Although quite a few jobs carry a risk of health issues, no other job is harsher on the body than that of a long-haul truck driver. Having a friend who has been employed as one for the past 10 years I have seen first-hand how the work conditions really are: unnatural schedules, many hours sitting on the vehicle and lack of access to good nutrition other than fast-food stores or pit-stop cafes. In addition, their work system do not normally allow for a regular fitness regimen.
Truck driver health issue is something that should really be addressed. This huge industry brings goods across the country every day, supplying our supermarkets and moving around our mail. Our long-haul transport professionals have to survive tough conditions in order to keep us well stocked, and in turn, we should put value on their well-being.
Thankfully, employers are also taking steps to address this problem, implementing programs to keep track and help improve the fitness of their valuable staff. As for my friend, he is currently working at Effective Logistics. His company started to implement programs to support those who are at risk of obesity and other conditions common to those in this profession. Moreover, they offer support for those who already have developed ailments during their employment, as was the case of my friend. He developed diabetes as a result of the lack of regular exercise and was overweight. He was connected to specialists who put him on a strict diet and training regimen.
These initiatives are definitely necessary, as there is actually a long list of ailments that are common to those in the trucking industry:
When you are sitting in a cab the whole day, trying to make it to your destination in good time, you suffer from a lack of adequate movement. In fact, only your feet and your arms get a bit of exercise at this time. The punishing work hours do not make it easy to head out to a gym for some training as well. It is no wonder then that most drivers struggle with their weight.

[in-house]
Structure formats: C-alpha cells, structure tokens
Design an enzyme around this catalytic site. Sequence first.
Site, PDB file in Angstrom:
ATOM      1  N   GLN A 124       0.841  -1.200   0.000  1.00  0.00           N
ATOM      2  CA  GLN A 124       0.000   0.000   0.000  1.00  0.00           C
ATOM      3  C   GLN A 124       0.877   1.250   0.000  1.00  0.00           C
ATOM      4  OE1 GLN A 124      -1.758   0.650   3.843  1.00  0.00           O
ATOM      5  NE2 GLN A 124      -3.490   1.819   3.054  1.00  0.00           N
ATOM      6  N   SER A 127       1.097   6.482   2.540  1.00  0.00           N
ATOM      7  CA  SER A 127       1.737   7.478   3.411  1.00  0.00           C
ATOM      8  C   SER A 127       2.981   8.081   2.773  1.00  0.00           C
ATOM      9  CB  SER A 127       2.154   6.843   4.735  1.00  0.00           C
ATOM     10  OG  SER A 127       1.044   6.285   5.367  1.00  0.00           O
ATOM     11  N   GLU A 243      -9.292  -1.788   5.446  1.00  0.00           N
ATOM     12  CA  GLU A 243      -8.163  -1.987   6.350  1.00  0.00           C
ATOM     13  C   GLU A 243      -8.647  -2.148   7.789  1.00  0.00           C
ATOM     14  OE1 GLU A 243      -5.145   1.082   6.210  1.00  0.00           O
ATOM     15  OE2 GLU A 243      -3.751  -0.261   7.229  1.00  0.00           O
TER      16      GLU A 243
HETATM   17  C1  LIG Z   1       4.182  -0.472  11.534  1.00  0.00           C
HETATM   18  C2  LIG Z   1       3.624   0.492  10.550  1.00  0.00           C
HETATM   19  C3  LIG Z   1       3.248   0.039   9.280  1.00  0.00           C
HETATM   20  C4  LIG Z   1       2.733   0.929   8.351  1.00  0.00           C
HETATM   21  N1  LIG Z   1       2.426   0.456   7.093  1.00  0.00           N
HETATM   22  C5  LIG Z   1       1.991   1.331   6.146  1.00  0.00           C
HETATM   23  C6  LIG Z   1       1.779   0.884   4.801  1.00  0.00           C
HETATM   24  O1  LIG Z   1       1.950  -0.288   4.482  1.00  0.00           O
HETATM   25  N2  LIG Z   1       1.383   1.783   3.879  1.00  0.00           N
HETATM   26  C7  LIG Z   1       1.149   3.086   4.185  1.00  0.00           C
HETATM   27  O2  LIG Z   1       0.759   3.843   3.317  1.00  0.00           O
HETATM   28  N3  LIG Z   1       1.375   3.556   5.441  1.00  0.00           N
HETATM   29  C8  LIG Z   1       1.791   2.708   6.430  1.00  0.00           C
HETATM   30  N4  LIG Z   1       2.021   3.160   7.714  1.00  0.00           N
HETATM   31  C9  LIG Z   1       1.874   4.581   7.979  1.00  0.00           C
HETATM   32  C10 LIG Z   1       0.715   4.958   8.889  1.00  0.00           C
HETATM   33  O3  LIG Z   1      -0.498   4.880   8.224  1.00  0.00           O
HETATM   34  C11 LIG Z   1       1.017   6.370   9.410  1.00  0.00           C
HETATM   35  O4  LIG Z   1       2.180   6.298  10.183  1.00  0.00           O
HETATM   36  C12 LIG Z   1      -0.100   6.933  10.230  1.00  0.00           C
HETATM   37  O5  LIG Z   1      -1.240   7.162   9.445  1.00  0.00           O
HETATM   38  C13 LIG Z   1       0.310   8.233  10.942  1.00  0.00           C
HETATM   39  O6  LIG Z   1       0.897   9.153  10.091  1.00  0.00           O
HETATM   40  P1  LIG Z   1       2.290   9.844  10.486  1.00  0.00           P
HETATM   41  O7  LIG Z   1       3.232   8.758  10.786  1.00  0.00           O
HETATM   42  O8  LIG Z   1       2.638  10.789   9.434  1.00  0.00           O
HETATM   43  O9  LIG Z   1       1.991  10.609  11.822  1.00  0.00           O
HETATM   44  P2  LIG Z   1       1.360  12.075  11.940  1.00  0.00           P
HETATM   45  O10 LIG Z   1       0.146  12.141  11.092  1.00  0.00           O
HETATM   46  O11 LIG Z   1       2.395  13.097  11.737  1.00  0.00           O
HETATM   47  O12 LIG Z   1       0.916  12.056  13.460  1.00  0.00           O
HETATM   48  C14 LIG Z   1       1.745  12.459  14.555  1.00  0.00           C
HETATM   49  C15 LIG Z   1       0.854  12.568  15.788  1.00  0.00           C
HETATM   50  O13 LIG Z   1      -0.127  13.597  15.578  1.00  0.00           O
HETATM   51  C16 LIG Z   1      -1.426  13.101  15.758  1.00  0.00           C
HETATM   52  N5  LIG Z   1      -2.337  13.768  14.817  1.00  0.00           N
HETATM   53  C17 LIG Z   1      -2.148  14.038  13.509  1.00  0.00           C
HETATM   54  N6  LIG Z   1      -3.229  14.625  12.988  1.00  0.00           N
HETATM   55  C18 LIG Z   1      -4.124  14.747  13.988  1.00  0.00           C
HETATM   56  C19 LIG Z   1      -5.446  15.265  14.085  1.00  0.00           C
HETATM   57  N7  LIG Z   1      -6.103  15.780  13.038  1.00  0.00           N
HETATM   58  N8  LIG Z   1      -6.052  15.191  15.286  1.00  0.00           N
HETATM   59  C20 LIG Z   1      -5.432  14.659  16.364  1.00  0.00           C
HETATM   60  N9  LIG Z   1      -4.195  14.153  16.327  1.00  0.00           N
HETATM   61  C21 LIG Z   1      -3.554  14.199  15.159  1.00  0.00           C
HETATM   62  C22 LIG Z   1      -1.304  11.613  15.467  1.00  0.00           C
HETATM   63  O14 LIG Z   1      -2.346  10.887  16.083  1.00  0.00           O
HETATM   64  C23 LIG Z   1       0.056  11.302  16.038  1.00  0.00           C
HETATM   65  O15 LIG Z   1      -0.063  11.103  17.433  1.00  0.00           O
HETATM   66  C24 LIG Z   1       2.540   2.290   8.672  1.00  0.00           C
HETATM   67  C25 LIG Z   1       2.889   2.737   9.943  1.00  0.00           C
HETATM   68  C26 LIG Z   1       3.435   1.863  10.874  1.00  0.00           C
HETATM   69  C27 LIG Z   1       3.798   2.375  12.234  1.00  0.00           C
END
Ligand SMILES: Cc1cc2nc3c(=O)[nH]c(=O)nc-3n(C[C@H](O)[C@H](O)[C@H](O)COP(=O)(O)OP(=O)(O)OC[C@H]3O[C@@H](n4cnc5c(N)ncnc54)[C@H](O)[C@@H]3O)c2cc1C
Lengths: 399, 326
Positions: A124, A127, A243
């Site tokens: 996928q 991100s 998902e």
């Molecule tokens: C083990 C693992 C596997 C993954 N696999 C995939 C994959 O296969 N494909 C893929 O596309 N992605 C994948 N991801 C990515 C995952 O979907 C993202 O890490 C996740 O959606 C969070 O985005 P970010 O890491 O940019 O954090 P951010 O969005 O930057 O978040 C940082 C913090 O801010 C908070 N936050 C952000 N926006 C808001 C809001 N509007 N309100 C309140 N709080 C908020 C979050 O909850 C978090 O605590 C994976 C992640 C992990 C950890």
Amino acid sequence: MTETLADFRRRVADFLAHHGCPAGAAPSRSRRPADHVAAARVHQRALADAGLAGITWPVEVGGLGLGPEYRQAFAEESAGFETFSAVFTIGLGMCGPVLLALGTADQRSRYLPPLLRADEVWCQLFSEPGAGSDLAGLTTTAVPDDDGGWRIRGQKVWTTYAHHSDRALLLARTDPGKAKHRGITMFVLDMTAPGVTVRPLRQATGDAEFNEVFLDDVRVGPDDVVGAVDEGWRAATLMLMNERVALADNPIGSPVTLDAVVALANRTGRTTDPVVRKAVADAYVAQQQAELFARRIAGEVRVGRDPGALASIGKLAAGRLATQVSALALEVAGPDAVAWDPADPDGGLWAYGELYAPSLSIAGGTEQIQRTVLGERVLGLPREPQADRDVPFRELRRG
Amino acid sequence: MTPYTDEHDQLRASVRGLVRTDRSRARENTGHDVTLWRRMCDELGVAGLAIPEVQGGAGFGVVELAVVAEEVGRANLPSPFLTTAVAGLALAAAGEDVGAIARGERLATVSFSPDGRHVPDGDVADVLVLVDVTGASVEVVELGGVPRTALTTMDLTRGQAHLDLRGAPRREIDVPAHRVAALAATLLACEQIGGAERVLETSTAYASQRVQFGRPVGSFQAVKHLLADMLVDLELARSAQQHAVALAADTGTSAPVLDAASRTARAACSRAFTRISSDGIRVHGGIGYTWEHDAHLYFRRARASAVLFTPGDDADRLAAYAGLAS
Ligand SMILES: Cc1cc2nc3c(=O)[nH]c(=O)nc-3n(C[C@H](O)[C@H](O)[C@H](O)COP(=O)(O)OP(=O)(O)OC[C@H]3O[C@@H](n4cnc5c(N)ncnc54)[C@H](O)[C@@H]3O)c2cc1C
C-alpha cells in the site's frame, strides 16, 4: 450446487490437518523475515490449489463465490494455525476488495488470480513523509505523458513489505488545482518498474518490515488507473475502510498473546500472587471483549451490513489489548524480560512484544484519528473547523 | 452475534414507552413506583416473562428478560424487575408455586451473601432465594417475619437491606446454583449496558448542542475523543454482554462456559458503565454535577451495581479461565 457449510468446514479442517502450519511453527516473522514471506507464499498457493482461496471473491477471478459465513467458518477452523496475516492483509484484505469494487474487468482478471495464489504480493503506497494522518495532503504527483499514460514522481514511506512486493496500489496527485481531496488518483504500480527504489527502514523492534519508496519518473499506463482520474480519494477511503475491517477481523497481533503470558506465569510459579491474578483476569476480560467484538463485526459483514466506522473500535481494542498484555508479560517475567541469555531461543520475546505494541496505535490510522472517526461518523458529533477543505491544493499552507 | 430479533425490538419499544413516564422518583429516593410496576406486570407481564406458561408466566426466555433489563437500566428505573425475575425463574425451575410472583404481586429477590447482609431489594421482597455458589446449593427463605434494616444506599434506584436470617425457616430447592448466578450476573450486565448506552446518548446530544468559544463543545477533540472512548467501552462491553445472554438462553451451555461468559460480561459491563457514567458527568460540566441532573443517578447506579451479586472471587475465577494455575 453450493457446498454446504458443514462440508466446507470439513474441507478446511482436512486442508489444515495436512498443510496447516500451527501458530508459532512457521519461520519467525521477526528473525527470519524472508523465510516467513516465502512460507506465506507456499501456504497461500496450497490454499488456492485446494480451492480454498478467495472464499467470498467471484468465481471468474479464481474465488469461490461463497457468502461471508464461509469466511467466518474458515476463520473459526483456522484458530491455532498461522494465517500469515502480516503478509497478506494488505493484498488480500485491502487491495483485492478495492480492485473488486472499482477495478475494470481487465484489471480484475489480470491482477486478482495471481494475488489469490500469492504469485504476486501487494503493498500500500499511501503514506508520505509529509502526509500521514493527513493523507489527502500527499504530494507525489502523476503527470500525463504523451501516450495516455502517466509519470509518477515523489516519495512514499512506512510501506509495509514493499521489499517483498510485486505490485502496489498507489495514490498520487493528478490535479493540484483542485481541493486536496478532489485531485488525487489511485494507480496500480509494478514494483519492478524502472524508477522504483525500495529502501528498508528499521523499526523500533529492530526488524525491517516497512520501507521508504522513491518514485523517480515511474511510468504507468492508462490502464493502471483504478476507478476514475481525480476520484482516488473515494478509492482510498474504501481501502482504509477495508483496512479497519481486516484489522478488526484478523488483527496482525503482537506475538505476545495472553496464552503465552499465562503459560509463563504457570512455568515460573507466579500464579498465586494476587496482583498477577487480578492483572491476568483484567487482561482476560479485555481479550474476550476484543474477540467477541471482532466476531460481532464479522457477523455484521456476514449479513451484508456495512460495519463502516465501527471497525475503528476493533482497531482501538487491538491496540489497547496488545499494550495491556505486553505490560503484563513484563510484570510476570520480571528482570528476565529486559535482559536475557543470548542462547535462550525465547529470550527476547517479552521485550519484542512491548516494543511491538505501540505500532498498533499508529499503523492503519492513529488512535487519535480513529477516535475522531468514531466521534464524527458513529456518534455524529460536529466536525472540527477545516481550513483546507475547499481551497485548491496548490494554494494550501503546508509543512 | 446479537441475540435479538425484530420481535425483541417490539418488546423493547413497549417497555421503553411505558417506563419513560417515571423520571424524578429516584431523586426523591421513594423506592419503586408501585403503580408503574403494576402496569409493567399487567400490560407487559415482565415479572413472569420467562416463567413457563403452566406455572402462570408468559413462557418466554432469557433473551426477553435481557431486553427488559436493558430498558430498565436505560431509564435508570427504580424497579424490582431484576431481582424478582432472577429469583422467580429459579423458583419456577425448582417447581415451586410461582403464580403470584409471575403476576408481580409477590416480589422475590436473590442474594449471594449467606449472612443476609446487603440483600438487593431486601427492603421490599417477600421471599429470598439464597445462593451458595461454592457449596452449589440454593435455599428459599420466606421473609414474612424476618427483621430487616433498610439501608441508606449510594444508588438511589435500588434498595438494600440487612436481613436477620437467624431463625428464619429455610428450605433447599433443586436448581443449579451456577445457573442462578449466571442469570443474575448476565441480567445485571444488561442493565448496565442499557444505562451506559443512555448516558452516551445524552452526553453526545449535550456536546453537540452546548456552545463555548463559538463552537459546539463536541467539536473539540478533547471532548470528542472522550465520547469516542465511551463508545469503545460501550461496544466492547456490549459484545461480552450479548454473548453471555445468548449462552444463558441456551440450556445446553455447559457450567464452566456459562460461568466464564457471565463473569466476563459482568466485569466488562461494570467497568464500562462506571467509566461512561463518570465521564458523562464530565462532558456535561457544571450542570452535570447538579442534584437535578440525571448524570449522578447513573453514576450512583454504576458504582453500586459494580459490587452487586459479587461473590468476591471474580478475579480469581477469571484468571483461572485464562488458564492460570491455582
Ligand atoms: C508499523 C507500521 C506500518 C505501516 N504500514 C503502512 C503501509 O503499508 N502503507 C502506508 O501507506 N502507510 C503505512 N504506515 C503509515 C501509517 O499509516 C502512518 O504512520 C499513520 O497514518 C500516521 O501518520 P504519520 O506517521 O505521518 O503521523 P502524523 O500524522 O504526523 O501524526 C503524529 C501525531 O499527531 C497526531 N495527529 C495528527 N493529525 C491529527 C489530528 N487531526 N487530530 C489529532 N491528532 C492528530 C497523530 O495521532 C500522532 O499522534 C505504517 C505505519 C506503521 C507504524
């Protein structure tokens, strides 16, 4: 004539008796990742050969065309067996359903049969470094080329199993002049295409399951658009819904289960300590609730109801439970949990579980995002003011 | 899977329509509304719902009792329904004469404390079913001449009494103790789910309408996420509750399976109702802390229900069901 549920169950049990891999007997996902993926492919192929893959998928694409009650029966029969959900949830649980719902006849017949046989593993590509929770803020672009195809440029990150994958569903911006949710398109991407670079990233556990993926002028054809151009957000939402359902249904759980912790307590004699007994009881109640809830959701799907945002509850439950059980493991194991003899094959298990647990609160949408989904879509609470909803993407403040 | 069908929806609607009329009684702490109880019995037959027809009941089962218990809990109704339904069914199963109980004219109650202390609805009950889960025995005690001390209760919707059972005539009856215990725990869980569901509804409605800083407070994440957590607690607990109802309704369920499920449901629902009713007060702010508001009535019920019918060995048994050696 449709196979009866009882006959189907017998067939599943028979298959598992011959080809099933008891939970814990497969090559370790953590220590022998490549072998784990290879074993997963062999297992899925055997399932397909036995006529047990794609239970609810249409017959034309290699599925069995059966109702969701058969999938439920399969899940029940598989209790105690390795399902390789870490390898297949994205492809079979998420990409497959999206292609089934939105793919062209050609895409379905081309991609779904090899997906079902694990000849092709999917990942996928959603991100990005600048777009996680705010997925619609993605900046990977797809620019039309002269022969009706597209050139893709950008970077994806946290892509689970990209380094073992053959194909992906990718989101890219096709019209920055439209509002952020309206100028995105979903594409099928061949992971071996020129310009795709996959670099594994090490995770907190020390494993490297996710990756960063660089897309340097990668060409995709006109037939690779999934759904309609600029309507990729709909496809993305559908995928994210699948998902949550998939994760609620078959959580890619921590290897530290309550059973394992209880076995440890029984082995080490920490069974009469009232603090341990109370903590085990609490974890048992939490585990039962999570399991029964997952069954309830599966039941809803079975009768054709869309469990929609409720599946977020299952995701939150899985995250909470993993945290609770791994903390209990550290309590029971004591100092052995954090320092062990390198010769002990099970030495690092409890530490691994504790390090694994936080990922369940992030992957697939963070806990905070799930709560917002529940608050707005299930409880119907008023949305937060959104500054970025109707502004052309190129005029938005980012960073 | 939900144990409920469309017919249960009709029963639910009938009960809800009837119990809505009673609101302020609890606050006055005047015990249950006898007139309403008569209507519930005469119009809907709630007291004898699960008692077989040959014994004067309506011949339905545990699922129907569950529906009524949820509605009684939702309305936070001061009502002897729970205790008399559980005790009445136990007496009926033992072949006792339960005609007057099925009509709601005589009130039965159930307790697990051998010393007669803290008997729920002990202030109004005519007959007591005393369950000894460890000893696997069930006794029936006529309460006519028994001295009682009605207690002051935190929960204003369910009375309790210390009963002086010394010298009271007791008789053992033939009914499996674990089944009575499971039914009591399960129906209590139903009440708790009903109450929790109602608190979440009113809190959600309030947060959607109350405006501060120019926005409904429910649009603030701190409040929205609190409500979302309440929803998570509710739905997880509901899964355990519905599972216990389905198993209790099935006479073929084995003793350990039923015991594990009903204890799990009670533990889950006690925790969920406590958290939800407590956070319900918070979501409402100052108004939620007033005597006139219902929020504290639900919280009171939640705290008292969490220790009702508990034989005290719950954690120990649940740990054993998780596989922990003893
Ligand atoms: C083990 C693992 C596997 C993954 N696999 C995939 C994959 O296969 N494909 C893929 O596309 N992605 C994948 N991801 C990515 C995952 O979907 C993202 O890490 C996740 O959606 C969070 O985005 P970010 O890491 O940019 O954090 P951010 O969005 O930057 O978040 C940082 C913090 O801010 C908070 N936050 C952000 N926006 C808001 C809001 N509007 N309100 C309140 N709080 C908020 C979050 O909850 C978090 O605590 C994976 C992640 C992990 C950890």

What more, in the wee hours of the night, when they take a break, the restaurants offering healthier options are probably closed. On isolated roads, there is simply a lack of choice. There is also no opportunity to prepare their own meals, so they just have to eat what is available. High-fat and high-sugar products common to fast-food places can really have an effect on your waistline.
In addition to the lack of exercise and better nutrition, most drivers have to resort to drinking sodas or coffee with sugar to keep them awake on their journey. Sugar gives a jolt of energy so it is certainly the most popular snack to have when you have to work very long hours. Unfortunately, it can eventually lead to Type-2 Diabetes, another ailment common to those in the industry.
High blood pressure and Hypertension
All those burgers and the high-sodium fast food are also very punishing on your cholesterol levels and can put you at risk for future heart attacks. When you are in the cab, having a stroke that can debilitate you poses a serious hazard for all vehicles on the road.
Of course, the depressing part of this is that once you develop these ailments, they tend to be lifelong. This means that though your diabetes or hypertension can be controlled using medication, they can never be “cured” or reversed. One simply has to maintain a better lifestyle and hope that this can prevent complications or further sickness.
In this industry, you have to get comfortable sleeping in a truck, in an unnatural sleep schedule. You might develop problems like sleep apnea as well. This is a condition where someone stops breathing while they sleep, increasing the risk of daytime sleepiness. It can also lead to congestive heart failure, and when one is tired on the wheel, possibly lead to accidents.
In fact, though it is a well-paid job, the conditions put off most applicants. Employers struggle to hire workers, so providing them with better conditions and other programs to support their health and well-being is key. Not only can they attract new talent, but they can also improve the lives of all their current staff.
A great first step is to provide them with access to specialists that create special diet and fitness plans tailored to their schedule and being on the road all the time. Frequent checks can catch risks earlier, and trigger the need to see a doctor. Other programs like support groups, options to bring, store or prepare their own food and even financial incentives to stay fit also help bring good results.
In the end, drivers like my friend love their profession, and with support from their employers they can continue performing their jobs well and remain in good physical shape. After all, good health is what makes them more efficient and productive in their job.